The proposed new Fair Go Dairy logo

December 18, 2020

The Australian Competition and Consumer Commission is proposing to authorise the Queensland Dairyfarmers’ Organisation’s proposed “Fair Go Dairy” licensing scheme for five years.

Under the scheme, the QDO will grant processors a licence to use the “Fair Go Dairy” logo on qualifying dairy products.

Qualifying dairy products must contain at least 80 per cent unprocessed milk that was produced by Queensland dairy cows and purchased from a Queensland dairy farmer for a price not less than a “sustainable and fair” price calculated by the QDO.

The ACCC’s preliminary view was that, on balance, the Fair Go Dairy Scheme was likely to result in some limited public benefits through small improvements in information and choice for consumers, and a small increase in retail competition in Queensland.

“The ACCC recognises that there are some consumers who want to know more about the dairy products they buy and how much dairy farmers were paid to produce them,” ACCC Deputy Chair Mick Keogh said.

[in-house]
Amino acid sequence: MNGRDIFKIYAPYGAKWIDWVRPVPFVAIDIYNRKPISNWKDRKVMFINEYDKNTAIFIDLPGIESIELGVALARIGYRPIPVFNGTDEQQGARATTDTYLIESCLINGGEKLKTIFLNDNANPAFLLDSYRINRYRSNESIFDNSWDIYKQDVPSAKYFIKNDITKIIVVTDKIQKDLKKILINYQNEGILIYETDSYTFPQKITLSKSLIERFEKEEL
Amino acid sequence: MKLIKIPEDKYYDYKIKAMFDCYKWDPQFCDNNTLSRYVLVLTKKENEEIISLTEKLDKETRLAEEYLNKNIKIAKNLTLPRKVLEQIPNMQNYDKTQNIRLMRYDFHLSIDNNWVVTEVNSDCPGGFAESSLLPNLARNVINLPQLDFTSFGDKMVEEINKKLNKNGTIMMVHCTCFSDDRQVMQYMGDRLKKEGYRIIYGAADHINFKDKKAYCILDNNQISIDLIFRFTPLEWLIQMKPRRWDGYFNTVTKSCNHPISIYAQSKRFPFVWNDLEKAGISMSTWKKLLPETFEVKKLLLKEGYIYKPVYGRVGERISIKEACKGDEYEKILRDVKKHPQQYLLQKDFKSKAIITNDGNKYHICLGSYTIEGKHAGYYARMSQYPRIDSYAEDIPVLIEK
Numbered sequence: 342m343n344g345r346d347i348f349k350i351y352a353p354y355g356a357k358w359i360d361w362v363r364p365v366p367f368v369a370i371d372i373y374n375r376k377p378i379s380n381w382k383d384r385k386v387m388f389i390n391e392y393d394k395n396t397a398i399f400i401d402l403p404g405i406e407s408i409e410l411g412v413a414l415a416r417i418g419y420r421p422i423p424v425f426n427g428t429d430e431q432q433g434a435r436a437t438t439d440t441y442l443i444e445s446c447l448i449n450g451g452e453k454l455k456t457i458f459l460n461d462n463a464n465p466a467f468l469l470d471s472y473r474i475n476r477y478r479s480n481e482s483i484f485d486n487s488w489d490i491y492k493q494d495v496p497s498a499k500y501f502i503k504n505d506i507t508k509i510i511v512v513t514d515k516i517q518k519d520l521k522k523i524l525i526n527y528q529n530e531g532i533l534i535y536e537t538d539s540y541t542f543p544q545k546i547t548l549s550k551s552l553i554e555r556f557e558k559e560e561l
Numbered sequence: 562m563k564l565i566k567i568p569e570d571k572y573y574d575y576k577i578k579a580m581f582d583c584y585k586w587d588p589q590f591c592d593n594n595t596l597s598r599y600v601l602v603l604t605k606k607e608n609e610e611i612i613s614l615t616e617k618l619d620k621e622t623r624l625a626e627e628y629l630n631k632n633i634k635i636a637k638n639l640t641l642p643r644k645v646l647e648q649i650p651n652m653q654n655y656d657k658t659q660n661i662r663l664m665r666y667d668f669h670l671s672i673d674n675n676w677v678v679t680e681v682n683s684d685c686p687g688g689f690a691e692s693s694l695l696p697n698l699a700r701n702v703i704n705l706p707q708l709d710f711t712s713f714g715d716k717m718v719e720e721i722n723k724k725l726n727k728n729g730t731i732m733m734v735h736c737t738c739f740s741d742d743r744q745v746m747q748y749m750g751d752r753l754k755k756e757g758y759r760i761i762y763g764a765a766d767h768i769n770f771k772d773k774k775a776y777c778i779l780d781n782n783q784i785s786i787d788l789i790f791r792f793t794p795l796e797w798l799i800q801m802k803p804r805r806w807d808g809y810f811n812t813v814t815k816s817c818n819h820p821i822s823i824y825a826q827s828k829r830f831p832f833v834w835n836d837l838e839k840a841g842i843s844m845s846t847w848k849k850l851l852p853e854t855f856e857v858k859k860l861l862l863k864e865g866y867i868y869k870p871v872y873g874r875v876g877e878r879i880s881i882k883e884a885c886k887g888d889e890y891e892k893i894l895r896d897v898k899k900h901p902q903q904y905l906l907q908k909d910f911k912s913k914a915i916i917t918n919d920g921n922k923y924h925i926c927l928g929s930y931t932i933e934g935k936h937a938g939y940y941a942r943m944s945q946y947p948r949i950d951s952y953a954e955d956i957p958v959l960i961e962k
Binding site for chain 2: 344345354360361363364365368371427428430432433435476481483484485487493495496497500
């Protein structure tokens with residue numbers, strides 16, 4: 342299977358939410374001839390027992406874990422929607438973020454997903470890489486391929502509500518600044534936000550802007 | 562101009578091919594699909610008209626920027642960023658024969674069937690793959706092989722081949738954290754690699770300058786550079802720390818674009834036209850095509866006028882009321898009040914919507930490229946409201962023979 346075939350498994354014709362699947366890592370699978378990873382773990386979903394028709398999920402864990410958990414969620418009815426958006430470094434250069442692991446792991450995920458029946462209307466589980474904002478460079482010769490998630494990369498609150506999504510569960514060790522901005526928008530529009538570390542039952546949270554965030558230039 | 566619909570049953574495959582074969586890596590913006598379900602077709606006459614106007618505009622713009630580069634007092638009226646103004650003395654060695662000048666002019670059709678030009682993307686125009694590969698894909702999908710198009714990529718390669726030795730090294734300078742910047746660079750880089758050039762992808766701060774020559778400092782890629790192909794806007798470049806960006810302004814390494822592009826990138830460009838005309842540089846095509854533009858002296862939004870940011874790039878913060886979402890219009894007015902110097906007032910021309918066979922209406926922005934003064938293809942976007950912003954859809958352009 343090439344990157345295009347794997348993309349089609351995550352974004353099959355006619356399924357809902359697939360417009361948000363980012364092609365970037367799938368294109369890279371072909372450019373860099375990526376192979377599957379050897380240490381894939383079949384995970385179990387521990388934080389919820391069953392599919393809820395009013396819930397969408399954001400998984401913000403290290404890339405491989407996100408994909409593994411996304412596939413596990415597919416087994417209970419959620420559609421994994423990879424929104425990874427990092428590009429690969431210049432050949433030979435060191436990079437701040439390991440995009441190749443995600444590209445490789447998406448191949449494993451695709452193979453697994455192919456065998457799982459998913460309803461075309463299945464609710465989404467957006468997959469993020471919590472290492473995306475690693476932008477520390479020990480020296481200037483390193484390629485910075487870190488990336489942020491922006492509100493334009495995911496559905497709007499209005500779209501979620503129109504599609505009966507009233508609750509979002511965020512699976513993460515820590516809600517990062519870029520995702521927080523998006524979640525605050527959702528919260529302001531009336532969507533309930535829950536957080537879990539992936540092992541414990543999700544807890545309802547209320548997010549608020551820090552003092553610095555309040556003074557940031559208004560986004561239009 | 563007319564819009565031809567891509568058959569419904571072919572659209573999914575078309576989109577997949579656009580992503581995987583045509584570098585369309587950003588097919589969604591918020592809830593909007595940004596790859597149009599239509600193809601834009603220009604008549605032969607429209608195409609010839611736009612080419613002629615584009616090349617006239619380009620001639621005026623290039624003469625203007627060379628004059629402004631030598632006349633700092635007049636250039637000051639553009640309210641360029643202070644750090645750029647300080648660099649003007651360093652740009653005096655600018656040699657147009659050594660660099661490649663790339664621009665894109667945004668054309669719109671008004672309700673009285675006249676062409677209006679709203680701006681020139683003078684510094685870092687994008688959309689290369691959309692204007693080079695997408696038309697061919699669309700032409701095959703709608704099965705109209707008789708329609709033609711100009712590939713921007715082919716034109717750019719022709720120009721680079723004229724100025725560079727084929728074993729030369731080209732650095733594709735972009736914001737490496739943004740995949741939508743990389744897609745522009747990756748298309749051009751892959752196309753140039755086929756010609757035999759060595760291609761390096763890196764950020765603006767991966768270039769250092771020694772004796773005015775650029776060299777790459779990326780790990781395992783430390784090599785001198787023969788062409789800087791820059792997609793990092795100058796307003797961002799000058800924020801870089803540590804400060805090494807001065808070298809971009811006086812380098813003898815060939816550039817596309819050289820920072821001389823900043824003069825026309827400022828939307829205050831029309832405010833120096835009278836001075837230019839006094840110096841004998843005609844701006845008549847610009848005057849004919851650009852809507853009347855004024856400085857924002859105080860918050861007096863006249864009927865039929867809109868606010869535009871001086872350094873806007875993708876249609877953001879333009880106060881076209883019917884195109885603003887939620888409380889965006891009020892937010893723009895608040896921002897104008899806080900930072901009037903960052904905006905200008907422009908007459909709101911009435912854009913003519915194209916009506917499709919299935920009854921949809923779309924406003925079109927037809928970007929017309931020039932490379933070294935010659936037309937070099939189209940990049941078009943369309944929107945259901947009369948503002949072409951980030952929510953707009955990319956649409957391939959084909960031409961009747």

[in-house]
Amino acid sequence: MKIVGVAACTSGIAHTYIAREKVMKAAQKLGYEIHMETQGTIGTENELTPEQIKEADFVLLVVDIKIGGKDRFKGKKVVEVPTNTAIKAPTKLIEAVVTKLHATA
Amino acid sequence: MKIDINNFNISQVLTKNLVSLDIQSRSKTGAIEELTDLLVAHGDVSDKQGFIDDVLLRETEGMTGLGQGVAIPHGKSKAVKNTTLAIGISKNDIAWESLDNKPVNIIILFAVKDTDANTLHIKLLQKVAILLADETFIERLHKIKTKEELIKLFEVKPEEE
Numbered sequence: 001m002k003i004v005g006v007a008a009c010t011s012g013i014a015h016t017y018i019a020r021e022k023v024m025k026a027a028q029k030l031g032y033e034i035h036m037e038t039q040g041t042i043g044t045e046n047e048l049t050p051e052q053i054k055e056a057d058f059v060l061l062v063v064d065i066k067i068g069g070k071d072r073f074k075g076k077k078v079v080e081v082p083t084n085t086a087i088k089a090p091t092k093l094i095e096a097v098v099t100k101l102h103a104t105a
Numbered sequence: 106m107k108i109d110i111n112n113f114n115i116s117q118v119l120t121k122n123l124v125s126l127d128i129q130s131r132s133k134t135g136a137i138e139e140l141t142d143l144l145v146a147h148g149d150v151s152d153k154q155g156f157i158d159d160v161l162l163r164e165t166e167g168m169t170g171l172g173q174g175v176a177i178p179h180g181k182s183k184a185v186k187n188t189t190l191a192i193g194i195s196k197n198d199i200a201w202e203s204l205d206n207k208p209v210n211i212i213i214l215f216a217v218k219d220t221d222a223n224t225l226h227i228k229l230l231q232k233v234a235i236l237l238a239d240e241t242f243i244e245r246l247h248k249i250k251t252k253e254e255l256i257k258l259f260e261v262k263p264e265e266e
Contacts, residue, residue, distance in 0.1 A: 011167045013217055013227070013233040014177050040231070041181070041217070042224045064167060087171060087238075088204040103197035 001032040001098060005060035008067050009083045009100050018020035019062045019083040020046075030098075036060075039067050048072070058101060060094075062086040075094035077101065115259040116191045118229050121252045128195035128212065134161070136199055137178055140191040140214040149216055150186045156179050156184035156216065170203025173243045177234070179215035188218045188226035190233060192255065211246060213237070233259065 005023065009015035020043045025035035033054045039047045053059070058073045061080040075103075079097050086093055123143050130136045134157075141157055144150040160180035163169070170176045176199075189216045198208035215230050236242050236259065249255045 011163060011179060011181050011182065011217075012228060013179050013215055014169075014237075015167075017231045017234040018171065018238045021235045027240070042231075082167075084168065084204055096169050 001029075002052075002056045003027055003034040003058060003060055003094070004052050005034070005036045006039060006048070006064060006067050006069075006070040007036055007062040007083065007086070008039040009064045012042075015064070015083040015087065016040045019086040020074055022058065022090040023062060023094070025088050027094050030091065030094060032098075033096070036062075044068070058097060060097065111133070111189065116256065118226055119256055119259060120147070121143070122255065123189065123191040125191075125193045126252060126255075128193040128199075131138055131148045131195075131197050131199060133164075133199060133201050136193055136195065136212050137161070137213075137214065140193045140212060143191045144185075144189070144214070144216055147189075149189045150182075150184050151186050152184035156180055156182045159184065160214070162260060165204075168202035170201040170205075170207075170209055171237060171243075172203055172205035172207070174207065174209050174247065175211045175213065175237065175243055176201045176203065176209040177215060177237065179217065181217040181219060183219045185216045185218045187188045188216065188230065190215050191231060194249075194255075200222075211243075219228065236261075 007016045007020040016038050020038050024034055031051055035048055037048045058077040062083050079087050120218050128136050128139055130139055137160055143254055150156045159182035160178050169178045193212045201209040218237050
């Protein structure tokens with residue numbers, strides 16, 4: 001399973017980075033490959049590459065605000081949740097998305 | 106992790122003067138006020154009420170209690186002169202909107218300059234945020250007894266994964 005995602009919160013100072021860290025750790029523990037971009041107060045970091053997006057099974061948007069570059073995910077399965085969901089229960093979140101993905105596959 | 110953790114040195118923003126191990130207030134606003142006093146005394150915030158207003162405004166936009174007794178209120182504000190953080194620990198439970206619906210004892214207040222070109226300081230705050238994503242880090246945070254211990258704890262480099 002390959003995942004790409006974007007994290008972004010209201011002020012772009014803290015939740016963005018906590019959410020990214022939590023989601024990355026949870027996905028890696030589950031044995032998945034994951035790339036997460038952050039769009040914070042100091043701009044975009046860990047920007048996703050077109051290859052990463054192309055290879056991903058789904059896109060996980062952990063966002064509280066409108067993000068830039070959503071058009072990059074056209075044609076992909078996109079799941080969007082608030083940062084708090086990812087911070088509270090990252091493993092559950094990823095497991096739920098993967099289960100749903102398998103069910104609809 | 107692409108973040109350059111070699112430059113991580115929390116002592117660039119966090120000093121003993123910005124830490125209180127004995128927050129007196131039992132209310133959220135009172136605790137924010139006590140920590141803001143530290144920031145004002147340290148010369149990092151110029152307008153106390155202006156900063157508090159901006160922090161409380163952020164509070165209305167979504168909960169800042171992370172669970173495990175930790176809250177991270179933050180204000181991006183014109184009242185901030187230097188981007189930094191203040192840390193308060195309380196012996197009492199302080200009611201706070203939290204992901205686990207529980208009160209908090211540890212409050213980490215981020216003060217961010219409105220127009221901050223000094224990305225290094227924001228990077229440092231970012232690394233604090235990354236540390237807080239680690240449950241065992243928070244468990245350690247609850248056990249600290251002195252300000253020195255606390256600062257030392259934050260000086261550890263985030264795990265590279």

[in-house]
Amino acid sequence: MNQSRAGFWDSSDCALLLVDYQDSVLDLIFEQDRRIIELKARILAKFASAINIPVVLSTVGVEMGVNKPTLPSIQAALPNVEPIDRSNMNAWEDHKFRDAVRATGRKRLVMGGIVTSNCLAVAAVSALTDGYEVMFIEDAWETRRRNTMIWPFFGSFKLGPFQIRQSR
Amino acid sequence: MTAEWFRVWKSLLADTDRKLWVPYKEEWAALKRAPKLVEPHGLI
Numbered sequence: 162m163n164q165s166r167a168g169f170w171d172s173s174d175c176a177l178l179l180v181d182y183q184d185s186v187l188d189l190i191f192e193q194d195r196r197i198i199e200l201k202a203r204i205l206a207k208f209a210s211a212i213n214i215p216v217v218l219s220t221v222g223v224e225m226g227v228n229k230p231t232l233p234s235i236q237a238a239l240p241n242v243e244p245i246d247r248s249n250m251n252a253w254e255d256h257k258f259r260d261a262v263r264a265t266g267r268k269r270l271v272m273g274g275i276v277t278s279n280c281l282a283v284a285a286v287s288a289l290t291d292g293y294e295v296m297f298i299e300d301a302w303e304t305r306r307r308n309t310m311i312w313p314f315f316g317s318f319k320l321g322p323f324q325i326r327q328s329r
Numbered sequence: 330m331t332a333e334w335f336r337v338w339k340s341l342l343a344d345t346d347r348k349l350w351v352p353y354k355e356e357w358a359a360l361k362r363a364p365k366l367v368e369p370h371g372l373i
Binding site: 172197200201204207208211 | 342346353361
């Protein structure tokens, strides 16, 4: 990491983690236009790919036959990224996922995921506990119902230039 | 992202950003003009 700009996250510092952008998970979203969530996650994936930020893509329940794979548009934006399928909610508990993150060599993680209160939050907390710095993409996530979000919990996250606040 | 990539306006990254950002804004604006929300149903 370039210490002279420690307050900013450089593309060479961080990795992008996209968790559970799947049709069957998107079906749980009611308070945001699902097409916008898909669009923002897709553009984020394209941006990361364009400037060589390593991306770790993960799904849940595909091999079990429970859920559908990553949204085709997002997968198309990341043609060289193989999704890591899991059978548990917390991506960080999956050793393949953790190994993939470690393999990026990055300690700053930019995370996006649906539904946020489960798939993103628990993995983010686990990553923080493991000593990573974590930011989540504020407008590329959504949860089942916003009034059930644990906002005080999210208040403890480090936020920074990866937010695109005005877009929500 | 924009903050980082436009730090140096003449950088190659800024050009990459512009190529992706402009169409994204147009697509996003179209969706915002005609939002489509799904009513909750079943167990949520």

“If the scheme is authorised, it could be useful for those consumers, if they understand what the Fair Go Dairy logo conveys.”

So far, none of the major milk processors in Queensland have indicated they will participate in the scheme, although several smaller processors have expressed interest.

The ACCC also considered whether any public detriments would arise from authorising the scheme.

“We have considered whether the logo is likely to mislead consumers, reduce competition, increase retail prices for dairy products or reduce the incentive for farms to innovate,” Mr Keogh said.

“We believe these outcomes are unlikely, although we are seeking further submissions from the public on possible harm that might arise from the scheme or the Fair Go Dairy logo.”

The ACCC has also granted interim authorisation to QDO to allow them to immediately commence negotiations with milk processors and undertake marketing and planning for their proposed “Fair Go Dairy” licensing scheme.

However, any resulting agreements cannot be signed or come into effect until the ACCC’s final determination.

The ACCC is seeking feedback on the impacts of the interim authorisation and the draft determination proposing to authorise the scheme for five years.

  • More information, including the draft determination, interim authorisation decision, and details on how to make a submission are available at online

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